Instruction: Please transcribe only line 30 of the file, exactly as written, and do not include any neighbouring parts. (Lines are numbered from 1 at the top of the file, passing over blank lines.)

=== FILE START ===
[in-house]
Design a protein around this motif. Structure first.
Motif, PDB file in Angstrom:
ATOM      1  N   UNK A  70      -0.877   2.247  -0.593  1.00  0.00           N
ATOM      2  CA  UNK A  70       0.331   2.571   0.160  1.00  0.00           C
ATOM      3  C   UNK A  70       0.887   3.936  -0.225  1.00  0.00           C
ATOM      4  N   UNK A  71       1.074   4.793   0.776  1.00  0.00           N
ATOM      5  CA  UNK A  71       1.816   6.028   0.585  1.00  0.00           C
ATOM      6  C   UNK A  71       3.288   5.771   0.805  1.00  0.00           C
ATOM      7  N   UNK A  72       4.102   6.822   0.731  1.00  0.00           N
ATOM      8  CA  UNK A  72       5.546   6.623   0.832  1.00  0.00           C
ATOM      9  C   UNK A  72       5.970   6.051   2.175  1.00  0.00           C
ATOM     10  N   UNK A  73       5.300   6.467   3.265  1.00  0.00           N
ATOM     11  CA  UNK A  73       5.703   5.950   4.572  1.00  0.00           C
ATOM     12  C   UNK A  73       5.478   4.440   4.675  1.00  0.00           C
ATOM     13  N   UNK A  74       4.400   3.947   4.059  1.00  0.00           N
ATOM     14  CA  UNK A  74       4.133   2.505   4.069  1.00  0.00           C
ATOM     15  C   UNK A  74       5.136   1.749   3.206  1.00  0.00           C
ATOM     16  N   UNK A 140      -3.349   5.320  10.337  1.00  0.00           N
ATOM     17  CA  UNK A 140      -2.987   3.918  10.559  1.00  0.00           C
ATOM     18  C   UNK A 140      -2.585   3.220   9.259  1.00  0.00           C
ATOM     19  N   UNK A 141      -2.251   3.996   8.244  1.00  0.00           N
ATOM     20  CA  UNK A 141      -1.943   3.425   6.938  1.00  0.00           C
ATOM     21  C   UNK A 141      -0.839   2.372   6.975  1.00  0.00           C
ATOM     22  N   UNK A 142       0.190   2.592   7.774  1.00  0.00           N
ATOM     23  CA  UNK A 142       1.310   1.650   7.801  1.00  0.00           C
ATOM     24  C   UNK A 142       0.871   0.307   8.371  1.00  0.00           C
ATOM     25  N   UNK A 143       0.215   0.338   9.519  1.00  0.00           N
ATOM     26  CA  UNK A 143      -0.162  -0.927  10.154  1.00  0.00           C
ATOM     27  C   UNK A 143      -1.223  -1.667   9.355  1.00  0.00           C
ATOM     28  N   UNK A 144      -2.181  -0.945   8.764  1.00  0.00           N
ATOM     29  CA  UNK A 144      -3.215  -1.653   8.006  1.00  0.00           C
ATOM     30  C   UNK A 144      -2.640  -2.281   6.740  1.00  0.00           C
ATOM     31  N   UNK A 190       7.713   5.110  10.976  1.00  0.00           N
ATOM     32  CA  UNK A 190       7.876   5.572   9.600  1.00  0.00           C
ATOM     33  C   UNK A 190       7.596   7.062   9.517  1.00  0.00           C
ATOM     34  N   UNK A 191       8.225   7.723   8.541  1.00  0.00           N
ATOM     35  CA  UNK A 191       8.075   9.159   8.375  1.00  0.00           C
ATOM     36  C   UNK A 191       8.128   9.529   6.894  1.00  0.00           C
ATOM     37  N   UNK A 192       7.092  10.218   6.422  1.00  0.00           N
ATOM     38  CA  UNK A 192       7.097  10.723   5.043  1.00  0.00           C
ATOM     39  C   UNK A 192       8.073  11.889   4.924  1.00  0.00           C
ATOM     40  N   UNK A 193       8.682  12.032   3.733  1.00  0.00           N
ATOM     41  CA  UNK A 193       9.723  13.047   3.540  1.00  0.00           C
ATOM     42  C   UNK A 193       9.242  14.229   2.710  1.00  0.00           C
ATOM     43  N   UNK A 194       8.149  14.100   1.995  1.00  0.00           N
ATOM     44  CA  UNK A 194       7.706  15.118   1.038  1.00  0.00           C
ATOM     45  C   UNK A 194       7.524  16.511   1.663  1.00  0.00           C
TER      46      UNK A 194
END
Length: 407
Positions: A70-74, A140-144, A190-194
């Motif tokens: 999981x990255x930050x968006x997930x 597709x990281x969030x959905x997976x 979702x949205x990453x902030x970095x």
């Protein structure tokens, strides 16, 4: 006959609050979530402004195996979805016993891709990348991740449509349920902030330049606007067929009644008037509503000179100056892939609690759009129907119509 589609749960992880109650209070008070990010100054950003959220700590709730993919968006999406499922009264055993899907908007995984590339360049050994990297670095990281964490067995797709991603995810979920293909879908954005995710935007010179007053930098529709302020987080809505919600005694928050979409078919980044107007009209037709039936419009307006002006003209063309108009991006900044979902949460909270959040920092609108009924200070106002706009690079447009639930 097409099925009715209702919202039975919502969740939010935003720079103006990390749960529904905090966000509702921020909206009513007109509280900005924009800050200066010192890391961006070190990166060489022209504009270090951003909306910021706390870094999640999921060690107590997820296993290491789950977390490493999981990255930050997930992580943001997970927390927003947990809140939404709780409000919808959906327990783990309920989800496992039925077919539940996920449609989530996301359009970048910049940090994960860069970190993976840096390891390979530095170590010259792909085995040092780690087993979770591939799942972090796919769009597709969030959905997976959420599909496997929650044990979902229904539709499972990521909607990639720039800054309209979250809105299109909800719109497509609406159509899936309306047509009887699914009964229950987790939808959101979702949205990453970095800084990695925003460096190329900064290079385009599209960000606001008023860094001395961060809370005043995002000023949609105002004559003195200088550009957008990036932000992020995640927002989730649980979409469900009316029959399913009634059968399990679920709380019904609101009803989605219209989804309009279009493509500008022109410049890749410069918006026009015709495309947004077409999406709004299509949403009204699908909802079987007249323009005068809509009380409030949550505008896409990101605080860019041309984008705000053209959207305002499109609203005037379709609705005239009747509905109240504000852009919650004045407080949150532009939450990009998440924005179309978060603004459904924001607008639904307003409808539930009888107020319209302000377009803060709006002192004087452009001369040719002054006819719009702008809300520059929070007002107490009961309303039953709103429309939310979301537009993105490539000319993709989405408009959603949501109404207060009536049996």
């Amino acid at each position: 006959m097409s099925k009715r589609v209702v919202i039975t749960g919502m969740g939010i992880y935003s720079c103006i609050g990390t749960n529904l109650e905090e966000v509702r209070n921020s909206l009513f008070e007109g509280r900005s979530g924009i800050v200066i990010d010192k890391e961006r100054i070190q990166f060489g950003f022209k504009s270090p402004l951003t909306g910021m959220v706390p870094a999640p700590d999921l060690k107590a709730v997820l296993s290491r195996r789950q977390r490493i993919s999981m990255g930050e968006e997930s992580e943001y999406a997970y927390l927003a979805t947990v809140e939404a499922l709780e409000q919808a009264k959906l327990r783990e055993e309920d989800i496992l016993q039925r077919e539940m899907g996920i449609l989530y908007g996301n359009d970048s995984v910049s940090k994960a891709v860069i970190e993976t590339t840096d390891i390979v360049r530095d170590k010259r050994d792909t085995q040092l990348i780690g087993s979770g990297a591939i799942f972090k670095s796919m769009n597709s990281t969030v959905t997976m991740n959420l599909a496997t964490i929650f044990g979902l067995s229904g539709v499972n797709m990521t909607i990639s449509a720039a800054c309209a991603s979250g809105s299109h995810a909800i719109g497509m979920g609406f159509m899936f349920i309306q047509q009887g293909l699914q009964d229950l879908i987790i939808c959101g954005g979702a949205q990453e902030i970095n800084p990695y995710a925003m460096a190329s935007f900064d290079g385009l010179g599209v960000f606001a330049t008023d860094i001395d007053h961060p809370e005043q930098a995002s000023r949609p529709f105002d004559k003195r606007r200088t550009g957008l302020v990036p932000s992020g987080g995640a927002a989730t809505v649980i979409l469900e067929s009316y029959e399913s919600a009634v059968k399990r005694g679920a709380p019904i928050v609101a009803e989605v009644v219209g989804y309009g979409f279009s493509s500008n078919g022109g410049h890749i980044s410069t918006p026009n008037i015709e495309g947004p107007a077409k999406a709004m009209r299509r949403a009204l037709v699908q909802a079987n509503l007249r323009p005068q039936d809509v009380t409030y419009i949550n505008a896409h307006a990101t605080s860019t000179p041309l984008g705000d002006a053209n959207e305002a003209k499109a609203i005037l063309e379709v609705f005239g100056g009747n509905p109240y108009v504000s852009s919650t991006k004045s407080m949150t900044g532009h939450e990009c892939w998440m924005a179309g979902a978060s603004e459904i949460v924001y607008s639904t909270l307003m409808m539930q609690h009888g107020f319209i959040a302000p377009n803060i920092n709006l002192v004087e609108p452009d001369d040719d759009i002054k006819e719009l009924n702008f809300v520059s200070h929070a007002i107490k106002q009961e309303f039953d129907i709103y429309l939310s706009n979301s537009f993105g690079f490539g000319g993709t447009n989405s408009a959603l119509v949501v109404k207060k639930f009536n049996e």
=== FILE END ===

ATOM     27  C   UNK A 143      -1.223  -1.667   9.355  1.00  0.00           C